“I think that’s why I’m here,” he says, voice ringing with conviction. “God has a plan.”


The Stayer family’s story is the quintessential rags-to-riches, up-from-bootstraps kind of tale.

“My parents were born with absolutely nothing,” Stayer says. Alice and Ralph F. scrimped until they amassed $11,000 to purchase the little sausage shop in Johnsonville, Wisconsin. (The company later moved to Sheboygan Falls.)

“My mother had a dream that they were going to be successful. They were dirt-poor, they didn’t know where their next meal was coming from, and they were not going to live like that,” he adds.

The elder Stayer was hard to please—at least when it came to his namesake, according to Shelly Stayer’s account of her husband and father-in-law’s relationship, told in her 2014 book The Weight of a Father’s Shadow. And yet, filial loyalty—and love—defines Stayer’s perspective on both parents.

“One of the great joys, one of my great happinesses, is that my parents got to live long enough to see us become the No. 1 brand in Hong Kong, the No. 1 brand in Singapore, seeing our labels out there with all those funny characters on them … from this little butcher shop, from this thing they started,” he says.

In addition to the butcher shop in Johnsonville, the Stayers operated a few small retail shops. It was enough for a comfortable living, but the newly college-educated Ralph C. saw lots of potential for growth. His father let loose the reins.

“At a very early age, my dad let me make decisions, important decisions that affected the business. Most people in companies don’t get to do that until they’re near the top, and then most of them couldn’t pull a trigger if they had to,” Stayer says.

Just three years out of college, Stayer spun off a manufacturing division and set a course for the company’s future.

“I didn’t have any visions like this,” he says of the giant Johnsonville came to be. “I just wanted to make a little more sausage next year than I did this year and I wanted to get into more stores. And then all of a sudden, it was more cities and then states and then countries.”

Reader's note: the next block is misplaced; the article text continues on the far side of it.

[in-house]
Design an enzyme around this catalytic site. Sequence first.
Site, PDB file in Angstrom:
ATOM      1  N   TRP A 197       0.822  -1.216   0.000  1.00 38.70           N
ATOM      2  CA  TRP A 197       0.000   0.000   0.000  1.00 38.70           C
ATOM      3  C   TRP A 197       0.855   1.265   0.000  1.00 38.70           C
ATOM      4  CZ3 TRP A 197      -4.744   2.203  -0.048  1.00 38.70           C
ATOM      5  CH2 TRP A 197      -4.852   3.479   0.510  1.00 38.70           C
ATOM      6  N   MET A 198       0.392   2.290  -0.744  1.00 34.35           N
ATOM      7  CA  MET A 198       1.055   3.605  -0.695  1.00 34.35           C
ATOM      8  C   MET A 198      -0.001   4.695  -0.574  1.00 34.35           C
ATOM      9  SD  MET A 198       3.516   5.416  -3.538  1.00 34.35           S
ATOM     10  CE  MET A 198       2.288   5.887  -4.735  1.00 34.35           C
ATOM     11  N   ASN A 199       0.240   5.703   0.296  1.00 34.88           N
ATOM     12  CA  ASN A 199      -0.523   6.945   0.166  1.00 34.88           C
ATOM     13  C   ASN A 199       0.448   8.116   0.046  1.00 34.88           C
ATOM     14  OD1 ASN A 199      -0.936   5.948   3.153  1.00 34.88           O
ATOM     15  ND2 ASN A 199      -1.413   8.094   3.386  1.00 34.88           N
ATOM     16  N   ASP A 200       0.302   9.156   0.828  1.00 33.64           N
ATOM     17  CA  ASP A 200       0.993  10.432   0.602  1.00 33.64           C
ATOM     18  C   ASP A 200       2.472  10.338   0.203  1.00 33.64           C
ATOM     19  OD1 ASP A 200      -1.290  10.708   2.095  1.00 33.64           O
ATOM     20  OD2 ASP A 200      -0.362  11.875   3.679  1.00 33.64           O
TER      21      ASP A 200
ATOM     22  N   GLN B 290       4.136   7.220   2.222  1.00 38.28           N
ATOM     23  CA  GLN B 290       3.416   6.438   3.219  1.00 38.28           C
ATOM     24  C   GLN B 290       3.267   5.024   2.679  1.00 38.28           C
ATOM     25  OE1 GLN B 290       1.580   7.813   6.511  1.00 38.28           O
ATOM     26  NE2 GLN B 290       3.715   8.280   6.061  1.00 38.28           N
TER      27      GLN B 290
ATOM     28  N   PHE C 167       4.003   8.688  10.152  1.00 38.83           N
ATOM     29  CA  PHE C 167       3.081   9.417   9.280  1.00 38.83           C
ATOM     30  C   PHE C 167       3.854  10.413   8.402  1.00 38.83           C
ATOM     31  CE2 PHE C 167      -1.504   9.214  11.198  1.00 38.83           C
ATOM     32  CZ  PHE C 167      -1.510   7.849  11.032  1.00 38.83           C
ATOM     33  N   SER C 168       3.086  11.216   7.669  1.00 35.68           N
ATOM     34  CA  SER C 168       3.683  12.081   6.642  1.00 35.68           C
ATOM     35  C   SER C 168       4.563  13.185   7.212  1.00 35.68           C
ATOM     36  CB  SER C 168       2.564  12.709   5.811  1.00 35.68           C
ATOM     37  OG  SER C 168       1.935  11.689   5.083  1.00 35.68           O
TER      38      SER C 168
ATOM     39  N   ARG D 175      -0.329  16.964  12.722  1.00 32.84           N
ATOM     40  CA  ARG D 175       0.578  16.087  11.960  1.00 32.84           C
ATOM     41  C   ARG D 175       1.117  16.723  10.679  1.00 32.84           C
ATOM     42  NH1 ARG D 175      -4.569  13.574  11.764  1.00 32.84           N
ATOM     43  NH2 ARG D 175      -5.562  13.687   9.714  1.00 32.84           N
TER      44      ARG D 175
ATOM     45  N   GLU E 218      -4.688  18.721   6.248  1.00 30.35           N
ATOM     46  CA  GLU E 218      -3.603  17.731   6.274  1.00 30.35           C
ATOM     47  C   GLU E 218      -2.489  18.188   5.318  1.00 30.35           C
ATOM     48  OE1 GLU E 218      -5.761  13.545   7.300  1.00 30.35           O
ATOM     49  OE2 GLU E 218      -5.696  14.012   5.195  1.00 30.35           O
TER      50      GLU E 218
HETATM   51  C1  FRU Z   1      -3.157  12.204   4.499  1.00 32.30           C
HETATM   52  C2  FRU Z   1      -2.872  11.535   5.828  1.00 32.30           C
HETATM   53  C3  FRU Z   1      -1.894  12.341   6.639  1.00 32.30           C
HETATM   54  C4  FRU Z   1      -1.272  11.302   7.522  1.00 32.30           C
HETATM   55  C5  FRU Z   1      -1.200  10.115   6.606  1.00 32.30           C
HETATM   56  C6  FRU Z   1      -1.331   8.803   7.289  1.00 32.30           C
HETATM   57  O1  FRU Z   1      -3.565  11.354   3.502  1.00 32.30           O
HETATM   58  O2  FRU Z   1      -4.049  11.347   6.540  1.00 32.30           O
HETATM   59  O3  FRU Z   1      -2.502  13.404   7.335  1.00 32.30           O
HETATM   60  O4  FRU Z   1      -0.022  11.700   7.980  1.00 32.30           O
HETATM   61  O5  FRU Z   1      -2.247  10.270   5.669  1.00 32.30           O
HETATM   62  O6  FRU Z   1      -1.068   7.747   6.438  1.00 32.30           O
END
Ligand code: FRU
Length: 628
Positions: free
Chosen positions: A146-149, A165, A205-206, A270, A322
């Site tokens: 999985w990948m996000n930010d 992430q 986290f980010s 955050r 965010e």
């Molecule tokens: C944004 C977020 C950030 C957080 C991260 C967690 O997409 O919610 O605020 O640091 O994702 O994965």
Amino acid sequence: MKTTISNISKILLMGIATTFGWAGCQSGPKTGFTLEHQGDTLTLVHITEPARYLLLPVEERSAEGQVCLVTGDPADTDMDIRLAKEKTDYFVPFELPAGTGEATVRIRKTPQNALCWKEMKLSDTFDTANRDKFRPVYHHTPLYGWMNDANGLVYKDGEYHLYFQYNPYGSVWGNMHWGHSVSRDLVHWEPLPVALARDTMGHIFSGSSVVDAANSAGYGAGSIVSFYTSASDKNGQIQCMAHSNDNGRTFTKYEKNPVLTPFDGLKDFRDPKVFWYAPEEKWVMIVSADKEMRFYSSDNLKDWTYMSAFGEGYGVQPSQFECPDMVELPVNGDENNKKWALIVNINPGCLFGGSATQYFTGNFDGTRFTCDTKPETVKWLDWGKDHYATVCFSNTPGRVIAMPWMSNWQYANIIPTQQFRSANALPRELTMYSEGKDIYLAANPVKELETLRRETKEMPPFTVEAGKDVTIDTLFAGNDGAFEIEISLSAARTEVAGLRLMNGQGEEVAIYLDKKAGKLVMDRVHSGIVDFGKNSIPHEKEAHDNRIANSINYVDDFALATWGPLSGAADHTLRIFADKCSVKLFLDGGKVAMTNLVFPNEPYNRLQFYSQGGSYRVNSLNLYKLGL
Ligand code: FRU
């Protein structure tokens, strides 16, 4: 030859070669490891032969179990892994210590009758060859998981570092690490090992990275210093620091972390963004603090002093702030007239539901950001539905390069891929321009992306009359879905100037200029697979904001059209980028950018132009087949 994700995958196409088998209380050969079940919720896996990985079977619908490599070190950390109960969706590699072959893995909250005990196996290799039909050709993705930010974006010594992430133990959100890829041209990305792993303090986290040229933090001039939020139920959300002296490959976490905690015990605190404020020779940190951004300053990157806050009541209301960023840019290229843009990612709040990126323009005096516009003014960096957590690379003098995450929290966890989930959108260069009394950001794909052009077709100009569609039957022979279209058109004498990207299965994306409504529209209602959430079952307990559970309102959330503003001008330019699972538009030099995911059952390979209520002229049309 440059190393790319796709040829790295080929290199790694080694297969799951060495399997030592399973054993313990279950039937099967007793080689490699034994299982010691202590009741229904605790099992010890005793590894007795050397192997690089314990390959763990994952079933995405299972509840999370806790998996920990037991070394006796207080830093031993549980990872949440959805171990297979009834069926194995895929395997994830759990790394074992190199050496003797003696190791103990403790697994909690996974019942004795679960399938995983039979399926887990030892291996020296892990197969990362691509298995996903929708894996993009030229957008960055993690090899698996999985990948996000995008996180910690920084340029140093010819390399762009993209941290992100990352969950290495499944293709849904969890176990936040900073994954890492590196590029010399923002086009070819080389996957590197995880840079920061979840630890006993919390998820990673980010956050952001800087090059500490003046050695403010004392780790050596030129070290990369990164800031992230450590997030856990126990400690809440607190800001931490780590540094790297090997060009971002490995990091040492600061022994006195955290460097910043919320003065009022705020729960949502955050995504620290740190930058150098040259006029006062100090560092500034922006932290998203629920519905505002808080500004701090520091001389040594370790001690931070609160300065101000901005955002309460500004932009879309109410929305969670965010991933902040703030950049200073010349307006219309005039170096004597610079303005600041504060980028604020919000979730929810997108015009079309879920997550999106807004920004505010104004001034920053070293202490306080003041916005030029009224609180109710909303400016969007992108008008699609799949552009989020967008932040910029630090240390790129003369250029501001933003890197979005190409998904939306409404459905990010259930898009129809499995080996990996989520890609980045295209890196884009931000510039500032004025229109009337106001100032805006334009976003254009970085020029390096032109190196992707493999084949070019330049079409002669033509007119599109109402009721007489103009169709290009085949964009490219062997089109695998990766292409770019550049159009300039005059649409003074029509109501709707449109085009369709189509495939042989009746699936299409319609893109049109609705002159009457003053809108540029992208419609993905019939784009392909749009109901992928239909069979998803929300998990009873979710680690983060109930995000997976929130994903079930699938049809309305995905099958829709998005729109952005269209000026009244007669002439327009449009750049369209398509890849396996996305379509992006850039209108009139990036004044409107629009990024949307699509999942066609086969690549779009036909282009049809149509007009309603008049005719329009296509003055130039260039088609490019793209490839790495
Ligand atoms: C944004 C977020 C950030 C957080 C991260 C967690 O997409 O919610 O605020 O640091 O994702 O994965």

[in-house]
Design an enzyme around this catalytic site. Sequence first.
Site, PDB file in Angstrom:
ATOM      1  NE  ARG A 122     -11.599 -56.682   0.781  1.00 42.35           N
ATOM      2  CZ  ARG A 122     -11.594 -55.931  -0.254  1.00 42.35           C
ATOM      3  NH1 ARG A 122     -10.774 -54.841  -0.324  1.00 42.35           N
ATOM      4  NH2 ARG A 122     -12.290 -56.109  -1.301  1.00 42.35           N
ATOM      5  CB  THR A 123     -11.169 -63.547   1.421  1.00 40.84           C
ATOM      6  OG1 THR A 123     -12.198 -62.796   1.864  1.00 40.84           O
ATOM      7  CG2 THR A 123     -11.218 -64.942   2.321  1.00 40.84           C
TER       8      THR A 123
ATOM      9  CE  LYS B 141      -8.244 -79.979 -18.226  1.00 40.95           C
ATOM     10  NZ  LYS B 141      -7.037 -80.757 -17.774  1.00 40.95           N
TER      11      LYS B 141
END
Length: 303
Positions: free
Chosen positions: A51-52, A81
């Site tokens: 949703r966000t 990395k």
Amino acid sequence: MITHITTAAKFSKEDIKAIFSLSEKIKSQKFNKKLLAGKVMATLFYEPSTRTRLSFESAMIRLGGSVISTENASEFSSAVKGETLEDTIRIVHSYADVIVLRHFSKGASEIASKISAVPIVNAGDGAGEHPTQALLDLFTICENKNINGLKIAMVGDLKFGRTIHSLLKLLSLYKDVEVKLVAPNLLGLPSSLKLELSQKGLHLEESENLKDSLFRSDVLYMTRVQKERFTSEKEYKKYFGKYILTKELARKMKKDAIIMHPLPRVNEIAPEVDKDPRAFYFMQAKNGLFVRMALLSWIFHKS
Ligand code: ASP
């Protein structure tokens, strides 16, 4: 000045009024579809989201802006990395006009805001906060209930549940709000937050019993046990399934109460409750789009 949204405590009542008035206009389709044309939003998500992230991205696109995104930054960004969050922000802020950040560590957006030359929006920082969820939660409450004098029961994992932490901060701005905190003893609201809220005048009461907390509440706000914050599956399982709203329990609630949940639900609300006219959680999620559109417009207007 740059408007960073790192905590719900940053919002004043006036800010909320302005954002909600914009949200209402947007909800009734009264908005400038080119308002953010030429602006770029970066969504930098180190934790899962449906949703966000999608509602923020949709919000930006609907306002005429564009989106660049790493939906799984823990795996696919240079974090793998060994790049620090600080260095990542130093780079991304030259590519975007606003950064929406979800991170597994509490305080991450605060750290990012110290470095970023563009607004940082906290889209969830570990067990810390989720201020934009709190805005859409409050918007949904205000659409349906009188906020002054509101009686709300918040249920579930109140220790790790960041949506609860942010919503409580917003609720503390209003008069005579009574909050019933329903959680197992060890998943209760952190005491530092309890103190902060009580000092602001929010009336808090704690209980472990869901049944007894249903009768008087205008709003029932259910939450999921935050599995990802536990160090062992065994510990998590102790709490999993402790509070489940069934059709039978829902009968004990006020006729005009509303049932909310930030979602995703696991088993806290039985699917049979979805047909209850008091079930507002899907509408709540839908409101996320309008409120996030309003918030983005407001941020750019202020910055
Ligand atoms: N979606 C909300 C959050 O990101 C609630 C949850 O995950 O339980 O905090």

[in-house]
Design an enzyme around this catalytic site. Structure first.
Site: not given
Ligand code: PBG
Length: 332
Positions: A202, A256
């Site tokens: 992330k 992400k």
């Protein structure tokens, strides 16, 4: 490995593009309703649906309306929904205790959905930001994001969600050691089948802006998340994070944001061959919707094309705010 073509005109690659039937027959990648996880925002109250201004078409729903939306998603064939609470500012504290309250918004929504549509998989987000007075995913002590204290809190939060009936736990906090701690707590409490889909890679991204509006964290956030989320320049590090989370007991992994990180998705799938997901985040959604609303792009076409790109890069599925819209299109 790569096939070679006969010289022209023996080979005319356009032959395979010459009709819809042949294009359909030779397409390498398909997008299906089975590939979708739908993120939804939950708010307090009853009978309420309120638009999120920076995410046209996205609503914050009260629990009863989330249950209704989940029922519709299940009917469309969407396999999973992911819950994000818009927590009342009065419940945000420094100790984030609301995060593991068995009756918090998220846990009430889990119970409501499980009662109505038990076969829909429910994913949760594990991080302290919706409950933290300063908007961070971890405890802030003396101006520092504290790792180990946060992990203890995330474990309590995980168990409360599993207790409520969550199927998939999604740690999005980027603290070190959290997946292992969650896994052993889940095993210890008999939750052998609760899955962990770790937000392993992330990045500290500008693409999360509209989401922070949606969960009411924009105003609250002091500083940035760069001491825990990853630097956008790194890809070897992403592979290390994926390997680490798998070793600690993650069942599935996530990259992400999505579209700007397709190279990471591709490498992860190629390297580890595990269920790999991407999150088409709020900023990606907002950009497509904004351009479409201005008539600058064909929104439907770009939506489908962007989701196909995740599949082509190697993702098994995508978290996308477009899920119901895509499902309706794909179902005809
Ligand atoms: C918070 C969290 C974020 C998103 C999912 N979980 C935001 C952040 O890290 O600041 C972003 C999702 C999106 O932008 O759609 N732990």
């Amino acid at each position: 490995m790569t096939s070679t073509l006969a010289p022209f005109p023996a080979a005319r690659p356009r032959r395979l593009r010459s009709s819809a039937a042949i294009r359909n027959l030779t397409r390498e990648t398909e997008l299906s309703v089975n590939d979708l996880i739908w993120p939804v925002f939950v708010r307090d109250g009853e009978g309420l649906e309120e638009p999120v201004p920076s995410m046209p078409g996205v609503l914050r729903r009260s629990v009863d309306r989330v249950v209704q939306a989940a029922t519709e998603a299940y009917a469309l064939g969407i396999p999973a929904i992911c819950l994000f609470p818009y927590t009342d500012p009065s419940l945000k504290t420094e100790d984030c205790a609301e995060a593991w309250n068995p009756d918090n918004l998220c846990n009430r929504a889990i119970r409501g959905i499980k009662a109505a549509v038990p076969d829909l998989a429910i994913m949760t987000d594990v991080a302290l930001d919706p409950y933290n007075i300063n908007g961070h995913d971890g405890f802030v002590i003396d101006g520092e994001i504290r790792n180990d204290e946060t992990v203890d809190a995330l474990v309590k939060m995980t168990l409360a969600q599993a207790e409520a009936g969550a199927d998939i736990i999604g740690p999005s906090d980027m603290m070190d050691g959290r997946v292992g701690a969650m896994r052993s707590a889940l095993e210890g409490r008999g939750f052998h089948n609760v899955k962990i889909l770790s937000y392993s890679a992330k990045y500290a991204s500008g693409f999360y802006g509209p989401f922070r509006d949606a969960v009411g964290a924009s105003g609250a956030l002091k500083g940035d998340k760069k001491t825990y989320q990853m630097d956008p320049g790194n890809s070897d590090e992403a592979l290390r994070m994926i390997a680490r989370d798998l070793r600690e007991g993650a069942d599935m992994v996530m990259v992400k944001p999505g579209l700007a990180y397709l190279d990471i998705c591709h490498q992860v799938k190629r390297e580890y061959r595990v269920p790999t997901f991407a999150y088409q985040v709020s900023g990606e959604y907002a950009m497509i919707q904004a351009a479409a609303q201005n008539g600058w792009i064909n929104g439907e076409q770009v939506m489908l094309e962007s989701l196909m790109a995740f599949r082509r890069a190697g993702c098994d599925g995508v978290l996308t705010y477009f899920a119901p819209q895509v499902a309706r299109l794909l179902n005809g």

By the mid-1980s, Johnsonville hummed along nicely. It had solidified its markethold; its profit margins were healthy; it was well-respected within Wisconsin and gaining popularity outside of it.

And Stayer was miserable. The company was good; it was by no means great. Competitors large and small loomed. Stayer was well-fed financially and hungry spiritually.

He wrote in Harvard Business Review:

Our people didn’t seem to care. Every day I came to work and saw people so bored by their jobs that they made thoughtless, dumb mistakes. They mislabeled products or added the wrong seasonings or failed to mix them into the sausage properly. Someone drove the prongs of a forklift right through a newly built wall. Someone else ruined a big batch of fresh sausage by spraying it with water while cleaning the work area. These were accidents. No one was deliberately wasting money, time and materials; it was just that people took no responsibility for their work. They showed up in the morning, did halfheartedly what they were told to do and then went home.

How do you get the guy on the sausage line excited about coming to work?

The answer came by way of a lecture by communications professor and leadership expert Lee Thayer.

“I went up to him afterward and said, ‘Can you help me fix my people? I’ve been trying, but they just don’t seem to care.’ He said, ‘Well, that depends.  … It depends on what part of the problem you’re willing to admit that you are.’”

Thayer added something else: “You can’t fix it, Ralph. You can only create something new. Let’s spend our time talking about in the best of all possible worlds, what would you like it to become?”


Tom Peters, leadership guru, co-author of In Search of Excellence, producer of the widely circulated Leadership Alliance training video, immortalized on film what Johnsonville did become:

“(Johnsonville is) as far as we’ve seen any plant anywhere go in terms of handing workers the reins,” Peters pronounces in the video, which features Stayer and three other executives whose management styles broke new ground.

Stayer had found his answer: To make employees care, they had to own their jobs.